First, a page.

At Voicegain, we have open sourced tools to benchmark our performance against the very best in business. We strongly recommend that developers & ML Engineers calculate a benchmark baseline accuracy for their vendor choices using a statistically significant volume of audio datasets for their application.
From a developer perspective, a baseline accuracy measure will provide insights into the how closely your datasets match the datasets that the underlying STT models from the vendors have been trained on.
Here are a set of important factors that may affect your "out-of-the-box" accuracy:
Length of audio: Does your application involve audio data that is comprised or short words/phrases or full sentences? Bots involve use of short words and phrases while analytics apps involve transcription of long sentences
Industry jargon: Does your audio data have industry specific jargon and terms that are not part of normal vocabulary?
Audio quality - 8kHz or 16 kHz: Is the source of your audio data - telephony - that is sampled at 8 kHz or is it 16 kHz data captured in a meeting platform like Zoom or Webex? Does the vendor have models that are tuned to 8 kHz and 16 kHz?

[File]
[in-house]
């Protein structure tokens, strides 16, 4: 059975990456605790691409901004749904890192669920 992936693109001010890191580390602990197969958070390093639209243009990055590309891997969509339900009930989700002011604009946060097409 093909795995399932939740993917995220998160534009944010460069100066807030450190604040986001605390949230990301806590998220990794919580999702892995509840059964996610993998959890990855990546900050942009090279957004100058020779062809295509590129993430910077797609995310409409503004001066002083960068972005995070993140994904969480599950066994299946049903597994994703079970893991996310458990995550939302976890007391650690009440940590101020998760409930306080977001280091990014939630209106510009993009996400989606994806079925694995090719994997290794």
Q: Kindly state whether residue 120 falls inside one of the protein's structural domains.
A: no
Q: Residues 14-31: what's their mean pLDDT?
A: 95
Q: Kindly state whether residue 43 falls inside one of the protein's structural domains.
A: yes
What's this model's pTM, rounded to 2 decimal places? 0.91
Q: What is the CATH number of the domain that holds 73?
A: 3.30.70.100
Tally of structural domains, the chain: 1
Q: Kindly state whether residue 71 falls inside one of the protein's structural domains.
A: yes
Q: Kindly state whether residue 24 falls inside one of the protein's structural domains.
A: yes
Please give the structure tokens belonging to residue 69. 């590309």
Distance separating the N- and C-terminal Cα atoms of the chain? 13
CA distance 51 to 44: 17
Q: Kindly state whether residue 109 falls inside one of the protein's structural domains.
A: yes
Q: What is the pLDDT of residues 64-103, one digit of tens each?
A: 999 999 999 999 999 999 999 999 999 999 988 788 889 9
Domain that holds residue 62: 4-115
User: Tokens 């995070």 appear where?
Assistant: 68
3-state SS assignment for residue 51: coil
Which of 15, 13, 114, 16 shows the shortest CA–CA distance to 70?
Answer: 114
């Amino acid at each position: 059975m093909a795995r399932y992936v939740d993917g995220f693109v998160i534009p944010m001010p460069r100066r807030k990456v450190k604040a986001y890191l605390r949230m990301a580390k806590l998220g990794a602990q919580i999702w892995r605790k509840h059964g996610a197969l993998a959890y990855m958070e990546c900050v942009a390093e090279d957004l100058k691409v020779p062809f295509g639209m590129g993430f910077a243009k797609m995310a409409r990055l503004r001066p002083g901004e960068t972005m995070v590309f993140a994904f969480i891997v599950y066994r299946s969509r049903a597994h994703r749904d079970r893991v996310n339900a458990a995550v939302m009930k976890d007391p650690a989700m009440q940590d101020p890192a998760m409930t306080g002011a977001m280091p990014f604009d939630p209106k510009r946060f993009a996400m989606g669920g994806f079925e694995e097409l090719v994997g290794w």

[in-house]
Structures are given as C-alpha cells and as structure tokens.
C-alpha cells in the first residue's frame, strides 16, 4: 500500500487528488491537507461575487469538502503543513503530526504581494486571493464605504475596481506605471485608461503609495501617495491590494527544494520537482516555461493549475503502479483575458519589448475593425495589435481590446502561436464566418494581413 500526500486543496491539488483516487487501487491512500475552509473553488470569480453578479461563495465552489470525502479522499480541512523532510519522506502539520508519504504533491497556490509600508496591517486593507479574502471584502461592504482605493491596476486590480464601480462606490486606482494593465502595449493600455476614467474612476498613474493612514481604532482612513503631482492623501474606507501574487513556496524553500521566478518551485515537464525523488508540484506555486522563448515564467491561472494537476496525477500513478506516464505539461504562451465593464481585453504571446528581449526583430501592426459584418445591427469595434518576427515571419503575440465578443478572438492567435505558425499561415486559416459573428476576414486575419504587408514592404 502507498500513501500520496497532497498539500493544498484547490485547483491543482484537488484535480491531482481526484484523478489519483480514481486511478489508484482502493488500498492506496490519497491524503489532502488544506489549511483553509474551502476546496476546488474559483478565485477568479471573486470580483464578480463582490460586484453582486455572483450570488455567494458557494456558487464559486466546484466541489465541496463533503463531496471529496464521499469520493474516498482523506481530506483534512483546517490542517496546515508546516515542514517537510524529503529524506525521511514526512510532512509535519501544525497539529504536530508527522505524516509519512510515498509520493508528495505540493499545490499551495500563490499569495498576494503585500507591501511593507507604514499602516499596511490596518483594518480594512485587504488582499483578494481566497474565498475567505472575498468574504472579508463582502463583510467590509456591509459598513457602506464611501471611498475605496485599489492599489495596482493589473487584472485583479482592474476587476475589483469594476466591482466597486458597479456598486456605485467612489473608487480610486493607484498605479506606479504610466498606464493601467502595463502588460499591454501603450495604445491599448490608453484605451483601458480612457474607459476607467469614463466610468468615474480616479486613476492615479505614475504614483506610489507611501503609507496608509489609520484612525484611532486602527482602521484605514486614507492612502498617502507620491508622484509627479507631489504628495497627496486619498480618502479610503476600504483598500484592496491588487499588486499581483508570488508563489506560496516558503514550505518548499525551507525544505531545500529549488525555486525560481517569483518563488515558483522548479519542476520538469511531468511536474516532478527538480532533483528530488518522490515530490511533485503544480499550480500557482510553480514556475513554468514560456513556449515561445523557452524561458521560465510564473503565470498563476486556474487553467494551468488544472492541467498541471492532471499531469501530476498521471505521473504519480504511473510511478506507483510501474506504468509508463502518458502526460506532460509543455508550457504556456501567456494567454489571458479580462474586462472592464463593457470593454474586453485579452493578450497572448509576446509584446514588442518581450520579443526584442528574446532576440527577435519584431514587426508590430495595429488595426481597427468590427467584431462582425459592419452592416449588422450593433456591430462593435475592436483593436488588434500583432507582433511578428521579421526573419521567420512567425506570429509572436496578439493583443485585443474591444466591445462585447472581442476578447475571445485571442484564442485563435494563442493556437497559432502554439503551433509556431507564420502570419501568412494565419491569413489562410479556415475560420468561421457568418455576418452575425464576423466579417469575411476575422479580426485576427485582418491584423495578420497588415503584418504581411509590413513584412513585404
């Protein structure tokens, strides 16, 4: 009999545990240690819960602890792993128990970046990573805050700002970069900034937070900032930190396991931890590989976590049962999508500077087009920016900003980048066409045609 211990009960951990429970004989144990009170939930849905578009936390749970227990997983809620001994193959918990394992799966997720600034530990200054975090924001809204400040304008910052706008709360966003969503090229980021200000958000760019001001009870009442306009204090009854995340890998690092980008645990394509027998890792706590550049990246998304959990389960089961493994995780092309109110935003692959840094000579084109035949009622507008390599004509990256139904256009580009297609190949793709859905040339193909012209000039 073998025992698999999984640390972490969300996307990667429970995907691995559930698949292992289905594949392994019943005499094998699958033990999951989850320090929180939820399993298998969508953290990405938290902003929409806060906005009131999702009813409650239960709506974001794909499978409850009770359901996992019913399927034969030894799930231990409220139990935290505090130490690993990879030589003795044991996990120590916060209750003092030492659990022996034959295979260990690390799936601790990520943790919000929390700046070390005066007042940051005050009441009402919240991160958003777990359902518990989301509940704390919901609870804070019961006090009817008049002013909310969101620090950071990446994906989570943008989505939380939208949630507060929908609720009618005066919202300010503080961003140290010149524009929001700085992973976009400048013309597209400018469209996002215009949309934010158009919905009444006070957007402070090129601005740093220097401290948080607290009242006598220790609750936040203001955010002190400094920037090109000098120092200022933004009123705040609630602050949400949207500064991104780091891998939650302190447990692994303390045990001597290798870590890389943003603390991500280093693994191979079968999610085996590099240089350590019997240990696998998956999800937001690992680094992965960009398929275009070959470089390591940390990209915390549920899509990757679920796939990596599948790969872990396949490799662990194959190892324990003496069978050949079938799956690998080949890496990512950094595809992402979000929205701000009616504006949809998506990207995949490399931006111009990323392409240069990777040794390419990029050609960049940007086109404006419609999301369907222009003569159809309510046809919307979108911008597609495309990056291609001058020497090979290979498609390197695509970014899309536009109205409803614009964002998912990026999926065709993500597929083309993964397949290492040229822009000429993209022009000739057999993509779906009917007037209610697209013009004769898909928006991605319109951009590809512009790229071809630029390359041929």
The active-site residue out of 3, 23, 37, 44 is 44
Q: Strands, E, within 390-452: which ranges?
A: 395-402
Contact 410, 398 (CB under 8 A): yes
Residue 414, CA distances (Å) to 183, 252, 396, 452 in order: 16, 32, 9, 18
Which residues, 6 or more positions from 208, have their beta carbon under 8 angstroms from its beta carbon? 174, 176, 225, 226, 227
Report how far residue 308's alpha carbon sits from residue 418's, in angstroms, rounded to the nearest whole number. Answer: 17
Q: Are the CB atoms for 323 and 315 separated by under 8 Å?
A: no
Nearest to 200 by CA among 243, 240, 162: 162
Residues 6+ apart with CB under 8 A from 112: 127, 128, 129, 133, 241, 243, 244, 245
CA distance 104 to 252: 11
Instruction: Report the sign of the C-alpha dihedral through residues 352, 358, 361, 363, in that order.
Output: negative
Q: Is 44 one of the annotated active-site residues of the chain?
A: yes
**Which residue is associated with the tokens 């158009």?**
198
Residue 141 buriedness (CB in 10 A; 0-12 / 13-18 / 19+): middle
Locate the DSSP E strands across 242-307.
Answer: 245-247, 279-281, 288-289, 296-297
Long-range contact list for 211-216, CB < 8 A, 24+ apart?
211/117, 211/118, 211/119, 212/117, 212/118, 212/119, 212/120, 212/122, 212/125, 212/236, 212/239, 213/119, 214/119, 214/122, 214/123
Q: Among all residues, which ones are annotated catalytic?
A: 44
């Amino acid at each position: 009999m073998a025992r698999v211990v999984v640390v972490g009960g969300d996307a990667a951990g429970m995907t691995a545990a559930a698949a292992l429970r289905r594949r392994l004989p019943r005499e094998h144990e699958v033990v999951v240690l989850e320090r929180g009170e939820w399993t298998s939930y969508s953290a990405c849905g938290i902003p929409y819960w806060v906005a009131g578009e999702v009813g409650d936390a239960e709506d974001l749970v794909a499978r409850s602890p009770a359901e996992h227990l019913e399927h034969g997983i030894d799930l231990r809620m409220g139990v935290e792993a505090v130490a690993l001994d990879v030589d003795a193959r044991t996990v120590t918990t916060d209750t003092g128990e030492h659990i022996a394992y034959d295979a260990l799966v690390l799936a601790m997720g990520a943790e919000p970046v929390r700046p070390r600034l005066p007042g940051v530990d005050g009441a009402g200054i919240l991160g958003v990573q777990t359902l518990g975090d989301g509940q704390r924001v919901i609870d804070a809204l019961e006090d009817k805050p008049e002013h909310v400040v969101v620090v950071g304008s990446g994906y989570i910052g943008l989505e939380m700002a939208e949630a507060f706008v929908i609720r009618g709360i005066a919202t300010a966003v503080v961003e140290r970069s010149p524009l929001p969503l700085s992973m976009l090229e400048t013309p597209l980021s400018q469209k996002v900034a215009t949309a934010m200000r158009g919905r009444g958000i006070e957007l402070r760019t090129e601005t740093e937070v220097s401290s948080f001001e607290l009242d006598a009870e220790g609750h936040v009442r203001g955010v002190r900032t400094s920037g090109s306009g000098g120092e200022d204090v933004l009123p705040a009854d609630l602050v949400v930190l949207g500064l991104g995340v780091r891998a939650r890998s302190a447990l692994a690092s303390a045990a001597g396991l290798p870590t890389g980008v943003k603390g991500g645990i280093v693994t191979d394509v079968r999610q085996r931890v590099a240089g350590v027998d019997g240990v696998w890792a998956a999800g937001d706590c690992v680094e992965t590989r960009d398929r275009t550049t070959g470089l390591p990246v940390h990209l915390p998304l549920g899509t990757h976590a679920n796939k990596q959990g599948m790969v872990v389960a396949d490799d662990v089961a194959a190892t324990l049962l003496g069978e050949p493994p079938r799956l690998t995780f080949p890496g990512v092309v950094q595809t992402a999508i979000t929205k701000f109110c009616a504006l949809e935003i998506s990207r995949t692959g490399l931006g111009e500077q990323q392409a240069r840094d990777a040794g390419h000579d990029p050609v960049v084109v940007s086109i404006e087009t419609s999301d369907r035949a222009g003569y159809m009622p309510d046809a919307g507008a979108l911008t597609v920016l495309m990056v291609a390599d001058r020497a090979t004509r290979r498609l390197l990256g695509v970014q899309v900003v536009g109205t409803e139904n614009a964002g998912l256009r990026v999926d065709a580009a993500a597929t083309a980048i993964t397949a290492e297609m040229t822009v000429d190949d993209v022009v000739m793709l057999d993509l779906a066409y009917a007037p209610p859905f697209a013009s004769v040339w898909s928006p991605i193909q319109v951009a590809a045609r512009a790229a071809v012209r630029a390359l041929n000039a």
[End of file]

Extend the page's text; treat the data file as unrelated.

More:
Separate channels: If there are multiple speakers, are you able to provide separate channels for each speaker to the Speech-to-Text engine? Accuracy could be higher if you are able to.
Background noise: Does your audio have a lot of background noise - e.g say news playing in the background or cross talk in a call center context. If so, how "sensitive" is the Speech-to-Text engine to such background noise
Accents: Does your application support speakers with different accents?
Developers also need to establish a "Target" accuracy that their SaaS application or product requires. Usually Product Managers determine this based on their needs.
It is possible to bridge the gap between the Target Accuracy and the Baseline "out-of-the-box" accuracy. While it is outside the scope of this post, here is an overview of some ways in which developers can improve upon the Baseline accuracy.